the fund for animals
News From Our Care Centers ||     About Us     || Join our Online Community     || Upcoming Events

In This Section

Our Animal Care Centers


Ways To Give



200 West 57th Street
New York, NY 10019

An affiliate of
The Humane Society of the United States (HSUS)
Global Federation logo

The Fund for Animals and The Humane Society of the United States (HSUS): A Partnership for Animals

The Fund for Animals Wildlife Center in Ramona, Calif., is home to a colony of feral cats rescued from San Nicolas Island. The felines live in a beautiful and stimulating enclosure, specially built for them. Betsy McFarland/HSUS

In January 2005, The Fund for Animals and The Humane Society of the United States joined forces in an unprecedented and historic combination. This was the first time in the history of the animal protection movement that two national, high-profile organizations have united to advance their common mission.

The groups continue operating as independent organizations, but the new partnership has allowed for the launch of several new programs, savings in administrative costs, and more effective results for animals. The Fund for Animals carries on the legacy of Cleveland Amory with the hard-hitting programs for which it has been known for four decades, and with a renewed emphasis on hands-on animal care services.

A New Approach to Advocacy

With the union of HSUS and Fund staff members, a campaigns department was created to focus on major, defining issues such as fur, wildlife abuses, factory farming, and malicious animal cruelty and fighting. We pursue these goals with a multifaceted approach involving investigations, litigation, lobbying, communications, corporate reforms, and professional campaigning.

The union also made possible the formation of a new Animal Protection Litigation section, with full-time attorneys—joined by a corps of law students and pro bono attorneys—fighting in court for animal protection laws. The section is the largest in-house animal protection litigation department in the country, serving as a training ground for the next generation of animal lawyers and law students.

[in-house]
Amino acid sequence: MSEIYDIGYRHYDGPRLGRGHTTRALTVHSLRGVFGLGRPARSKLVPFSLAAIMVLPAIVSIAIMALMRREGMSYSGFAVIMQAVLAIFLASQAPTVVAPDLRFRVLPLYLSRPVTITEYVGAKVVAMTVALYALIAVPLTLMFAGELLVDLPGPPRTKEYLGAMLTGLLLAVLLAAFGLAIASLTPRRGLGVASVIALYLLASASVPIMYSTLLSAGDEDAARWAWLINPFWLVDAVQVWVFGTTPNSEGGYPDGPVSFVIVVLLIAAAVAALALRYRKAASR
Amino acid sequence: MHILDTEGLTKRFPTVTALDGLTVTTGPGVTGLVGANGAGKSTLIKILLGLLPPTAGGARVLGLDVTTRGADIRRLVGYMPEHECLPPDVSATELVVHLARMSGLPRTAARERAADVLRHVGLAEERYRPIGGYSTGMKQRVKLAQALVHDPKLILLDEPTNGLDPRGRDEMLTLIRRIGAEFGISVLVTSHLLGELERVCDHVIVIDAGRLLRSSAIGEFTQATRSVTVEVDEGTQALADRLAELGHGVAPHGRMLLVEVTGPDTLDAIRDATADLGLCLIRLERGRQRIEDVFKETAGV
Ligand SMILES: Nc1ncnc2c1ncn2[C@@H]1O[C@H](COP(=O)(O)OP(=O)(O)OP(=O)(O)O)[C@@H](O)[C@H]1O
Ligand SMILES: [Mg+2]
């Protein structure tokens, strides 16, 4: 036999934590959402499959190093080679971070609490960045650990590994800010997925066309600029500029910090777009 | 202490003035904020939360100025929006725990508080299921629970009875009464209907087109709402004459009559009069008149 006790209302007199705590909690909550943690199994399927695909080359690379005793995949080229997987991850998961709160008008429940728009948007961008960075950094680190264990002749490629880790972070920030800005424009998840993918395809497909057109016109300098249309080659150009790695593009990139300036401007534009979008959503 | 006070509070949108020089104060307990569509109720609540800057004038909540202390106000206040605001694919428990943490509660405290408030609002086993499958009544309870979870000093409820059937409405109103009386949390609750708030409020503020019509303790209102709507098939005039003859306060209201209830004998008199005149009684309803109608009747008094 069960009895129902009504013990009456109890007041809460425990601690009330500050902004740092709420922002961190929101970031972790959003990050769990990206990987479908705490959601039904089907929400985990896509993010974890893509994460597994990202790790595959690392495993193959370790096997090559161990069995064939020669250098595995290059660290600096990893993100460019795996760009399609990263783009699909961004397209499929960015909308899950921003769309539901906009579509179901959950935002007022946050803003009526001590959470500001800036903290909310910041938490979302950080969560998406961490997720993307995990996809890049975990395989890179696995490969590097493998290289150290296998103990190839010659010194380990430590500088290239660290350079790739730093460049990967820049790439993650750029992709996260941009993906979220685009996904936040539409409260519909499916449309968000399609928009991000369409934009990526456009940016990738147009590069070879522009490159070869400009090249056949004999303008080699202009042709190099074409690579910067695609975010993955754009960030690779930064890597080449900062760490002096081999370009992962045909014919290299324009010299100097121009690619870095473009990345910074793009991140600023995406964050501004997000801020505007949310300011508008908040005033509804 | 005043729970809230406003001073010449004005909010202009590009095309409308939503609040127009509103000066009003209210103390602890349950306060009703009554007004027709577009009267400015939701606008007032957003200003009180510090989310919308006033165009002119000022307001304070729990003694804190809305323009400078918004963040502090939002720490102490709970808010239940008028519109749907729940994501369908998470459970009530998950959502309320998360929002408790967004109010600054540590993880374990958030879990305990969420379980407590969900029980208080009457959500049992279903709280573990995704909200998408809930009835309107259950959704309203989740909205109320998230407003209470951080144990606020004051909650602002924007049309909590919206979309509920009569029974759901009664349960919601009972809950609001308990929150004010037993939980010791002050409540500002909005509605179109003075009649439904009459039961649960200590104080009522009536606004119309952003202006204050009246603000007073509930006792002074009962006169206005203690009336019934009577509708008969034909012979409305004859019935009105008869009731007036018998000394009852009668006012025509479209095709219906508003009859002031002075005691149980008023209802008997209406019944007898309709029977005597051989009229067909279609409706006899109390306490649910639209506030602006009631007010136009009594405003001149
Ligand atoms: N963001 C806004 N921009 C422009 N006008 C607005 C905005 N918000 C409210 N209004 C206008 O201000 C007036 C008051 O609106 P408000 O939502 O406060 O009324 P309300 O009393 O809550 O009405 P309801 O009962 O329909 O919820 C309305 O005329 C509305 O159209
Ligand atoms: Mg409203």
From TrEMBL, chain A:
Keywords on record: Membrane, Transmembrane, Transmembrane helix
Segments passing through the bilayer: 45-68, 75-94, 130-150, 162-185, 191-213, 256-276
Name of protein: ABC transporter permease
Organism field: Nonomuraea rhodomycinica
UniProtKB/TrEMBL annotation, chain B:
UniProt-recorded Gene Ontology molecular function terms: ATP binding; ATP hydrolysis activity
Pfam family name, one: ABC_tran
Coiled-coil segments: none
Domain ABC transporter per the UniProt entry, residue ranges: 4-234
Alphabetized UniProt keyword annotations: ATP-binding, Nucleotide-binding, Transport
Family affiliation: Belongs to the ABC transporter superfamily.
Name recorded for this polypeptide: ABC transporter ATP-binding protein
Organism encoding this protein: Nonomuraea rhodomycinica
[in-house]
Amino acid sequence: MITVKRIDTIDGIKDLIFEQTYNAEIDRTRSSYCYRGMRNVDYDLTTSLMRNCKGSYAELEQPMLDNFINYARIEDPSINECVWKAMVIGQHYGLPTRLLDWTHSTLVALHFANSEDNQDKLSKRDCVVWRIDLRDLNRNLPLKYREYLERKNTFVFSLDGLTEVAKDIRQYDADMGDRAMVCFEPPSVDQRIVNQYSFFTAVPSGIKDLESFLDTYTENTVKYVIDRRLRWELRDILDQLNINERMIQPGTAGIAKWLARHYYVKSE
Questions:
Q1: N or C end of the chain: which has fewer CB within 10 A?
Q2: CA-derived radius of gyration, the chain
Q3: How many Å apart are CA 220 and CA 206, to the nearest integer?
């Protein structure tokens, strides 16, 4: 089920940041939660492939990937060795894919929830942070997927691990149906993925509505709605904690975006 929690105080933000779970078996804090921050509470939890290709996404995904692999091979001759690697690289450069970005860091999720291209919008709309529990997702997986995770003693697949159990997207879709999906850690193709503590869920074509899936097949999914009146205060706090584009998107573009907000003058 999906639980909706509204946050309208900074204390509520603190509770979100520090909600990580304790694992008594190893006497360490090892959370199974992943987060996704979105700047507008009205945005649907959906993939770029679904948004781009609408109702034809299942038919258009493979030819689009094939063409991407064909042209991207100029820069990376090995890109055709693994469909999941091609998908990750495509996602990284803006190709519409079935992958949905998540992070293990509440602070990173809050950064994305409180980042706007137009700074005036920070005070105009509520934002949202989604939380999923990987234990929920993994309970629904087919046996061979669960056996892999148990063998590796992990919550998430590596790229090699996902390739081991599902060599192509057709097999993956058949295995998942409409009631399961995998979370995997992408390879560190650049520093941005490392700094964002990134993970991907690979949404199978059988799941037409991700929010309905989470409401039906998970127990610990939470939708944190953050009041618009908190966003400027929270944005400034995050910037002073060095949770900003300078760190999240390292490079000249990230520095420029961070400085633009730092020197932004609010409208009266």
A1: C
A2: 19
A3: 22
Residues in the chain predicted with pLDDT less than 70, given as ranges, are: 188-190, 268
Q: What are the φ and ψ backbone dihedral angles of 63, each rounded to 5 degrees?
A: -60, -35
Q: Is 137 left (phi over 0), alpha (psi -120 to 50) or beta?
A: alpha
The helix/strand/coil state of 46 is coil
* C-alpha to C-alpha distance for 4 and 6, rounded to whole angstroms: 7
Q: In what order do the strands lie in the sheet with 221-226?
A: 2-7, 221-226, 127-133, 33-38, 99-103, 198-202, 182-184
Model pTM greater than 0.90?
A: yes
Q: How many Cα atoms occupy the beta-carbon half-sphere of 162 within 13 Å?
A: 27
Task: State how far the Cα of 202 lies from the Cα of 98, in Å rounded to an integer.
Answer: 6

And finally, the union of our two groups allowed for the formation of a third organization: the Humane Society Legislative Fund, a 501(c)(4) political entity designed to augment our existing public policy work and allow for a more substantial investment of resources in political and lobbying activities. This new lobbying arm of our groups will enable an expansion of our public policy work, an enlargement of our network of trained activists, and a more level playing field with the industries that promote and condone cruelty to animals.

This newly configured partnership between The HSUS and The Fund for Animals represents the largest and most effective animal protection force in the United States.

A Helping Hand and a Strong Voice

The Fund for Animals continues its work as a leader in direct animal care centers providing veterinary care, rehabilitation and release efforts, and sanctuary for abused and abandoned animals throughout the United States. While The Fund and The HSUS are partners in these efforts, donations to The Fund for Animals are used specifically to support Fund programs, such as the direct animal care centers and a docket of animal protection litigation in which The Fund is a plaintiff.

  • The flagship legacy of author and Fund founder, Cleveland Amory, is the Cleveland Amory Black Beauty Ranch. This 1,300-acre refuge in Murchison, Texas, provides permanent sanctuary for more than 1,400 rescued animals. The ranch still cares for some of the original burros saved from the Grand Canyon, the dramatic helicopter rescue in the late 1970s which led to the establishment of Black Beauty Ranch, in addition to primates, exotic animals, horses, bison, prairie dogs, and many others.
  • The Fund for Animals Wildlife Center in Ramona, California, provides 24-hour medical care to rehabilitate and release injured native animals. The center specializes in large predators such as coyotes, bobcats, and mountain lions and has one of the world’s largest free-flight aviaries for birds of prey who are recuperating and regaining their flight. The facility is also a safe home for some exotic animals who cannot be released to the wild.
  • The Cape Wildlife Center in Cape Cod, Massachusetts, provides veterinary care and rehabilitation for many species of native wildlife such as raccoons, squirrels, foxes, seabirds, and turtles . The center also runs an active wildlife veterinarian training program, where wildlife veterinarians receive on-the-job training.
  • Duchess Sanctuary is a 1,120-acre facility south of Eugene, Ore., established in 2008 as an oasis for about 200 formerly abused, abandoned, neglected and homeless horses. Mares rescued from the pregnant mare urine – or PMU -- industry and their offspring make up the majority of the herd at the sanctuary. Other residents include orphaned mustangs as well as horses rescued from auctions and feedlots.
  • The Rabbit Sanctuary Inc., located in Simpsonville, South Carolina, provides, as Cleveland Amory said, “hope for the hopless.” The sanctuary, supported by The Fund for Animals and HSUS, is a permanent refuge for many dozen injured or displaced rabbits who were abused or discarded as “throwaway” pets.

Updated Feb. 24, 2010